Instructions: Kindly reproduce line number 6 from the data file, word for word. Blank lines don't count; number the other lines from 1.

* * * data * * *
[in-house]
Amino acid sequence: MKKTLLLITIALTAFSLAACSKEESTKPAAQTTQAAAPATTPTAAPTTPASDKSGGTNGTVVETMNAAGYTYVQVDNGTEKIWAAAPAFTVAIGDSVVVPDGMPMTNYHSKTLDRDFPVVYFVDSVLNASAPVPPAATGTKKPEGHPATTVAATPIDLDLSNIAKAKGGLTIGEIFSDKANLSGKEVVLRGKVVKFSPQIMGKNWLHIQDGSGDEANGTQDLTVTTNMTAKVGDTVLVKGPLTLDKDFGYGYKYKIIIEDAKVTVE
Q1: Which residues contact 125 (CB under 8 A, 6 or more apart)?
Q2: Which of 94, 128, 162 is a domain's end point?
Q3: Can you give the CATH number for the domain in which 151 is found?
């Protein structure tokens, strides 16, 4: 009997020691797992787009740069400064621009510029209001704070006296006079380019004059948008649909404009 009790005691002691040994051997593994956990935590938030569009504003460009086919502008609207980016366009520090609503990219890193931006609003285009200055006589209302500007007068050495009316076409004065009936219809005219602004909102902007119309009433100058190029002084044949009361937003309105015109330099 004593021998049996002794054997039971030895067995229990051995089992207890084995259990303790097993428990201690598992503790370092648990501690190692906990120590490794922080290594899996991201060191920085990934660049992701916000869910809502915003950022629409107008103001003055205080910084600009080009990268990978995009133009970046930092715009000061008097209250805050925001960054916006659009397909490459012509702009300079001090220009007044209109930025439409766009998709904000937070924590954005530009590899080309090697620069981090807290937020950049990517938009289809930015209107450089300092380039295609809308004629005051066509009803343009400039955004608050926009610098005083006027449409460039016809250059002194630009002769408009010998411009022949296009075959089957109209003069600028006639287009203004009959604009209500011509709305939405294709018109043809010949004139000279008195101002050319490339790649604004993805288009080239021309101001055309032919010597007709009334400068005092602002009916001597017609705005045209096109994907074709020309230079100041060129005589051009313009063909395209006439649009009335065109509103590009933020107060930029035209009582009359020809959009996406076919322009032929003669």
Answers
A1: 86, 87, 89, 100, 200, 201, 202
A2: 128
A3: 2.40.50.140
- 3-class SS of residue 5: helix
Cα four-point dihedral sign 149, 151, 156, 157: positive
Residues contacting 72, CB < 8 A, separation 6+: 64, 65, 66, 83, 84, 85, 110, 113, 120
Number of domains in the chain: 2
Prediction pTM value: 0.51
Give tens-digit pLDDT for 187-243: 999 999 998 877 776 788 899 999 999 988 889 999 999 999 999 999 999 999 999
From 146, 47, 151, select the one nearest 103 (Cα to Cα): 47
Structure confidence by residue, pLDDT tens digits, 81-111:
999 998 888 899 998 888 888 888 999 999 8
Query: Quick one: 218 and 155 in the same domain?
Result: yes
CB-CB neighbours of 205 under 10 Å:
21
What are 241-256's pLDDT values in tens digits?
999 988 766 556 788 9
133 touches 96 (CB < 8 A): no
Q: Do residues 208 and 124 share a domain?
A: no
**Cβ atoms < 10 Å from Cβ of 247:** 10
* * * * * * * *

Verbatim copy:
């Protein structure tokens, strides 16, 4: 009997020691797992787009740069400064621009510029209001704070006296006079380019004059948008649909404009 009790005691002691040994051997593994956990935590938030569009504003460009086919502008609207980016366009520090609503990219890193931006609003285009200055006589209302500007007068050495009316076409004065009936219809005219602004909102902007119309009433100058190029002084044949009361937003309105015109330099 004593021998049996002794054997039971030895067995229990051995089992207890084995259990303790097993428990201690598992503790370092648990501690190692906990120590490794922080290594899996991201060191920085990934660049992701916000869910809502915003950022629409107008103001003055205080910084600009080009990268990978995009133009970046930092715009000061008097209250805050925001960054916006659009397909490459012509702009300079001090220009007044209109930025439409766009998709904000937070924590954005530009590899080309090697620069981090807290937020950049990517938009289809930015209107450089300092380039295609809308004629005051066509009803343009400039955004608050926009610098005083006027449409460039016809250059002194630009002769408009010998411009022949296009075959089957109209003069600028006639287009203004009959604009209500011509709305939405294709018109043809010949004139000279008195101002050319490339790649604004993805288009080239021309101001055309032919010597007709009334400068005092602002009916001597017609705005045209096109994907074709020309230079100041060129005589051009313009063909395209006439649009009335065109509103590009933020107060930029035209009582009359020809959009996406076919322009032929003669």